PLoS ONE 01/2011; 6(2):e17171. · 3.53 Impact Factor
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    ABSTRACT: Most studies investigating the function of IL-23 have concluded that it promotes IL-17-secreting T cells. Although some reports have also characterized IL-23 as having redundant pro-inflammatory effects with IL-12, we have instead found that IL-23 antagonizes IL-12-induced secretion of IFN-γ. When splenocytes or purified populations of T cells were cultured with IL-23, IFN-γ secretion in response to IL-12 was dramatically reduced. The impact of IL-23 was most prominent in CD8(+) T cells, but was also observed in NK and CD4(+) T cells. Mechanistically, the IL-23 receptor was not required for this phenomenon, and IL-23 inhibited signaling through the IL-12 receptor by reducing IL-12-induced signal transducer and activator of transcription 4 (STAT4) phosphorylation. IL-23 was also able to reduce IFN-γ secretion by antagonizing endogenously produced IL-12 from Listeria monocytogenes (LM)-infected macrophages. In vivo, LM infection induced higher serum IFN-γ levels and a greater percentage of IFN-γ(+)CD8(+) T cells in IL-23p19-deficient mice as compared with WT mice. This increase in IFN-γ production coincided with increased LM clearance at days 2 and 3 post-infection. Our data suggest that IL-23 may be a key factor in determining the responsiveness of lymphocytes to IL-12 and their subsequent secretion of IFN-γ.
    European Journal of Immunology 05/2010; 40(8):2236-47. · 4.97 Impact Factor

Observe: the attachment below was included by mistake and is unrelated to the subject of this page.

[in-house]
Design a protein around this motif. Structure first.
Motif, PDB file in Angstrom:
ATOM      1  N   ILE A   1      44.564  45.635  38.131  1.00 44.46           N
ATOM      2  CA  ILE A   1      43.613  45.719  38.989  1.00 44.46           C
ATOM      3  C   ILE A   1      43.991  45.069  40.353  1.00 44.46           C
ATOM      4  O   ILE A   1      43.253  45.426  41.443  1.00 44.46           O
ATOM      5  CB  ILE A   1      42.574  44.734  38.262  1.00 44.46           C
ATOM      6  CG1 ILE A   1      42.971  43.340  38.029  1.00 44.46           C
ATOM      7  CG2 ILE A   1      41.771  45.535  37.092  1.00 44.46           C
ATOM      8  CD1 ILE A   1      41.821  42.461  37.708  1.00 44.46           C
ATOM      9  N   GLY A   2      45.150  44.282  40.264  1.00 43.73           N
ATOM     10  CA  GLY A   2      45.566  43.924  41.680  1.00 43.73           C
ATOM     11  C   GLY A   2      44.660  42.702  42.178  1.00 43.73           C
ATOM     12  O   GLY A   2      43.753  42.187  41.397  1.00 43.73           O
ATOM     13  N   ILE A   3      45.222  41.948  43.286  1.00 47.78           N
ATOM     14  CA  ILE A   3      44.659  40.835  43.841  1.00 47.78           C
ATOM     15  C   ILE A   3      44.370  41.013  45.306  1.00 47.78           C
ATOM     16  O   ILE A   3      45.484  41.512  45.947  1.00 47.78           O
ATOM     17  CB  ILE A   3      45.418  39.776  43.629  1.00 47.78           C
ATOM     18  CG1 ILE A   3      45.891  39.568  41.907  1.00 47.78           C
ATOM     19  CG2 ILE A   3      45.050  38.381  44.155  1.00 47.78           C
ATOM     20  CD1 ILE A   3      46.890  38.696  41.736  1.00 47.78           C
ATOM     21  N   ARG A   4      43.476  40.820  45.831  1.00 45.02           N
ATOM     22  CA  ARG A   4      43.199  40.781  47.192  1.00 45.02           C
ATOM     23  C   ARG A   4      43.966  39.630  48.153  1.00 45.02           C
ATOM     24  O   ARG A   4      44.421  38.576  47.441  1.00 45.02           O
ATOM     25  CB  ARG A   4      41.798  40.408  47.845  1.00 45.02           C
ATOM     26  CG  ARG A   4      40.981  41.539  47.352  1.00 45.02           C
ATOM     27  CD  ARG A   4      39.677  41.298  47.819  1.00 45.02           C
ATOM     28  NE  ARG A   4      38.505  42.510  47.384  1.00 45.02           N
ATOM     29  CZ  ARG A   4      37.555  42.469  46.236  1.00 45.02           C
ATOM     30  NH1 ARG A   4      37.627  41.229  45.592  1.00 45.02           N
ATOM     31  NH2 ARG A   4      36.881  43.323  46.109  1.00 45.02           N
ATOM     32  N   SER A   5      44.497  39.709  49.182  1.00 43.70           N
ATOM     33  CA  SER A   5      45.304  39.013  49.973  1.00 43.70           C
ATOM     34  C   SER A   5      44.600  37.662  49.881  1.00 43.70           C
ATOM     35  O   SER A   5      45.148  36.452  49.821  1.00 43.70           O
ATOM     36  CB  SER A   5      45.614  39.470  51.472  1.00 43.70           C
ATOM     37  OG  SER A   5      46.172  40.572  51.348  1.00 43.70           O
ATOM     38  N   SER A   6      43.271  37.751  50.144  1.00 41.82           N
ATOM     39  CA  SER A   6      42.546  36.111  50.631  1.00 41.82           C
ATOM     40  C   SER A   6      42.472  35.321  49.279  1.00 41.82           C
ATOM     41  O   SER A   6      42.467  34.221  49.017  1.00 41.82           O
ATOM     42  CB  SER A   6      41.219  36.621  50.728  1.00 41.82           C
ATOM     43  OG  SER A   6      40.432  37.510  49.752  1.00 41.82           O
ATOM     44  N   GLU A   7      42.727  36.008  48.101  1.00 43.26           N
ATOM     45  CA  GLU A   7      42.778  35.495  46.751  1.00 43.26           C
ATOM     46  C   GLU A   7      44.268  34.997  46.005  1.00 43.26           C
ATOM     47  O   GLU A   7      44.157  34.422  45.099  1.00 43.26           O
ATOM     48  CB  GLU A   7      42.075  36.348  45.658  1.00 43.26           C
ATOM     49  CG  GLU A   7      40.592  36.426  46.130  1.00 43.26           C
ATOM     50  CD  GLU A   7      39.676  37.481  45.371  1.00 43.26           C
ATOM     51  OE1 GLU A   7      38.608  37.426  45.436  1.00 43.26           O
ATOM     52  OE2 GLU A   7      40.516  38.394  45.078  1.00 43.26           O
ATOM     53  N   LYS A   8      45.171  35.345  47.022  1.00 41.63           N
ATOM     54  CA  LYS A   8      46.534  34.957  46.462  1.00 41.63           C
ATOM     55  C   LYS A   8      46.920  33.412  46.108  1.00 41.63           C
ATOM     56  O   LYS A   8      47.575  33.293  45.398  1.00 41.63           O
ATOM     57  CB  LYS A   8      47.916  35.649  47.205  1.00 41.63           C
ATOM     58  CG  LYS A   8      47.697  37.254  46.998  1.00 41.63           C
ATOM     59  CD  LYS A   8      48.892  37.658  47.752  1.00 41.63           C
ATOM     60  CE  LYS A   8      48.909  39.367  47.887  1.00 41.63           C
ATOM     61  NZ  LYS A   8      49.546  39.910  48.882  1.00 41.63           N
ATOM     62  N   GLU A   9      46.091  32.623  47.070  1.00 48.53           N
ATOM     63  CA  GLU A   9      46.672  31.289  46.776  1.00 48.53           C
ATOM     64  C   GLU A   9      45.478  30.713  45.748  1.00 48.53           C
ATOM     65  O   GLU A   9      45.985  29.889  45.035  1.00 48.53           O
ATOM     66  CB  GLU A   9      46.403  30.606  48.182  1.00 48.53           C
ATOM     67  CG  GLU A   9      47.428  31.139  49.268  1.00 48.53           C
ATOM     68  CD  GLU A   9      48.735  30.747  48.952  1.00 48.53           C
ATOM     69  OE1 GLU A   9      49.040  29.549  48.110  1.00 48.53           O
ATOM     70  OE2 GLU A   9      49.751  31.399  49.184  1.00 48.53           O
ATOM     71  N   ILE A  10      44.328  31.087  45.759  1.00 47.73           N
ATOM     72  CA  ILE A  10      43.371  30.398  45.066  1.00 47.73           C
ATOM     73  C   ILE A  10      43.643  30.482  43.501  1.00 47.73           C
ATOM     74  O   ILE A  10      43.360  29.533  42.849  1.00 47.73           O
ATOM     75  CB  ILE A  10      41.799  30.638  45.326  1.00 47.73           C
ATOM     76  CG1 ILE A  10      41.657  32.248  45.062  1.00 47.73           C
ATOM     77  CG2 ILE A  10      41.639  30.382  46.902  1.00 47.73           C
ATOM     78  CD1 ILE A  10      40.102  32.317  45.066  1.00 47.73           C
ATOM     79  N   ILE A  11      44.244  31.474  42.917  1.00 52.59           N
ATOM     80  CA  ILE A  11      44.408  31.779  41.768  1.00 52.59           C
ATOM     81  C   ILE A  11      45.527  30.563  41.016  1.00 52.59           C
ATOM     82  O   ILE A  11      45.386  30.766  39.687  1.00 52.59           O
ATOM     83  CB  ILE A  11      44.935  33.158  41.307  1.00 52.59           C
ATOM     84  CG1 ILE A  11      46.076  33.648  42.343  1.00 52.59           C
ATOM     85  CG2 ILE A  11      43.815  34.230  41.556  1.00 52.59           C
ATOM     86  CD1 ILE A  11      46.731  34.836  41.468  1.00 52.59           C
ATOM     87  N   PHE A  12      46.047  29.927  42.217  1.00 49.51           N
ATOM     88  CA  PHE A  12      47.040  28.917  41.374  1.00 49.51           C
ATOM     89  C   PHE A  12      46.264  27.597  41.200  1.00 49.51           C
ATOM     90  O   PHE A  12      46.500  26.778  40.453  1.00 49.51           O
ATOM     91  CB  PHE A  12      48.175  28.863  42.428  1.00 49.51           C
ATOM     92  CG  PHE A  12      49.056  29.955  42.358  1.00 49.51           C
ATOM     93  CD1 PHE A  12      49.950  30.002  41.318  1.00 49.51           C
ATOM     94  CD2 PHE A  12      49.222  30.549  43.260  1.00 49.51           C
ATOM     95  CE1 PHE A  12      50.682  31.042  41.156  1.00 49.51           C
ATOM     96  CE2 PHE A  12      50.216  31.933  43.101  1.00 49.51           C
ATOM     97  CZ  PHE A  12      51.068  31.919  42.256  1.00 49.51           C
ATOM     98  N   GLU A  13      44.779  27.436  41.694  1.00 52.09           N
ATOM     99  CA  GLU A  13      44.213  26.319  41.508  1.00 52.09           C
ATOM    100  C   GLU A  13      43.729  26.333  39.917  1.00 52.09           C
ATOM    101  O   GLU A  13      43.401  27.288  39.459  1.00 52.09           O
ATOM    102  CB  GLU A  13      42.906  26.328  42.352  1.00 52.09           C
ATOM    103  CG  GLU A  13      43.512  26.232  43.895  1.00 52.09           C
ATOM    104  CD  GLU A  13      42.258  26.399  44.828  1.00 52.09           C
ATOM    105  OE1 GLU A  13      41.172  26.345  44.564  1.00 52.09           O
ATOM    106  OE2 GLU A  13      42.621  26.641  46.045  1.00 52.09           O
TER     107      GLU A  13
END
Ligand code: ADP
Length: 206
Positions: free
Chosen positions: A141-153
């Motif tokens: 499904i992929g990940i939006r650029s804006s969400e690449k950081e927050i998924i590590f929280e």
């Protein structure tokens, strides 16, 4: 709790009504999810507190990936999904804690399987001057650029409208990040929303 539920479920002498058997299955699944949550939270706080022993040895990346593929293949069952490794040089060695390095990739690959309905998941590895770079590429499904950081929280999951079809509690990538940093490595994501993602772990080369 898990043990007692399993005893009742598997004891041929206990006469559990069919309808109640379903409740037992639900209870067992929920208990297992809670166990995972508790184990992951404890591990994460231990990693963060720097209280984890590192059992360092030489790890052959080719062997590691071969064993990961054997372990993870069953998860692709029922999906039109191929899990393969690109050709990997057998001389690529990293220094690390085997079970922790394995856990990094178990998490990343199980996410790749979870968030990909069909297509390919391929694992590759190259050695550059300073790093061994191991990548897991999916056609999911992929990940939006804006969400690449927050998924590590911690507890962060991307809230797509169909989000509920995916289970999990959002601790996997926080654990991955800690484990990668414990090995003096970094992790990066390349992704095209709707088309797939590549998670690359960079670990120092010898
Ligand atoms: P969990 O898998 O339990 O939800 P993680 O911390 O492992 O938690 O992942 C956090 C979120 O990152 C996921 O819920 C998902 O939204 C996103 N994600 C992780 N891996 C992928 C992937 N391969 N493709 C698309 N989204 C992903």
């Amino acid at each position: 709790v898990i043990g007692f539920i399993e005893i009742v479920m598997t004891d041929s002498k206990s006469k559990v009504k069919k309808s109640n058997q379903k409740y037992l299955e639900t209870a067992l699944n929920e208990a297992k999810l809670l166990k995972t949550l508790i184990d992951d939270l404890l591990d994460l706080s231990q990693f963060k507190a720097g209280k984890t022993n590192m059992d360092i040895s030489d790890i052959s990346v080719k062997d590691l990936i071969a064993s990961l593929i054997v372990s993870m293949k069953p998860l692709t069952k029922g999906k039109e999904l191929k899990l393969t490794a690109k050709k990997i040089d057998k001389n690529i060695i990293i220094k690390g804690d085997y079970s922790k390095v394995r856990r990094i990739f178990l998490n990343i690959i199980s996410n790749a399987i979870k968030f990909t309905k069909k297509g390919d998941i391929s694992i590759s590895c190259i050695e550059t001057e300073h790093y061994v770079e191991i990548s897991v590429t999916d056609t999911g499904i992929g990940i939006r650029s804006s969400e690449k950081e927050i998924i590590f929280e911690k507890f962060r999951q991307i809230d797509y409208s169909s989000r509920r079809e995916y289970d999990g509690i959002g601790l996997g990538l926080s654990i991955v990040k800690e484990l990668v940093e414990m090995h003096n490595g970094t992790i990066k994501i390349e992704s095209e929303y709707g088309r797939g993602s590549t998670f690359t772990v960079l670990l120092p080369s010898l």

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    ABSTRACT: Listeria monocytogenes (LM) is a Gram-positive, intracellular bacterium that can induce spontaneous abortion, septicemia, and meningitis. Although it is known that neutrophils are required for elimination of the bacteria and for survival of the host, the mechanisms governing the recruitment of neutrophils to LM-infected tissues are not fully understood. We demonstrate here that IL-23 and the IL-17 receptor A (IL-17RA), which mediates both IL-17A and IL-17F signaling, are necessary for resistance against systemic LM infection. LM-infected IL-23p19 knockout (KO) mice have decreased production of IL-17A and IL-17F, while IFN-gamma production is not altered by the lack of IL-23. LM induces the production of IL-17A from gammadelta T cells, but not CD4, CD8, or NK cells. Furthermore, a lack of efficient neutrophil recruitment to the liver is evident in both IL-23p19 KO and IL-17RA KO mice during LM infection. Immunocytochemical analysis of infected livers revealed that neutrophils were able to localize with LM in IL-23p19 KO and IL-17RA KO mice, indicating that IL-23 and IL-17RA do not regulate the precise localization of neutrophils with LM. The importance of IL-23-induced IL-17A was demonstrated by injecting IL-23p19 KO mice with recombinant IL-17A. These mice had reduced LM bacterial burdens compared with IL-23p19 KO mice that did not receive IL-17A. These results indicate that during LM infection, IL-23 regulates the production of IL-17A and IL-17F from gammadelta T cells, resulting in optimal liver neutrophil recruitment and enhanced bacterial clearance.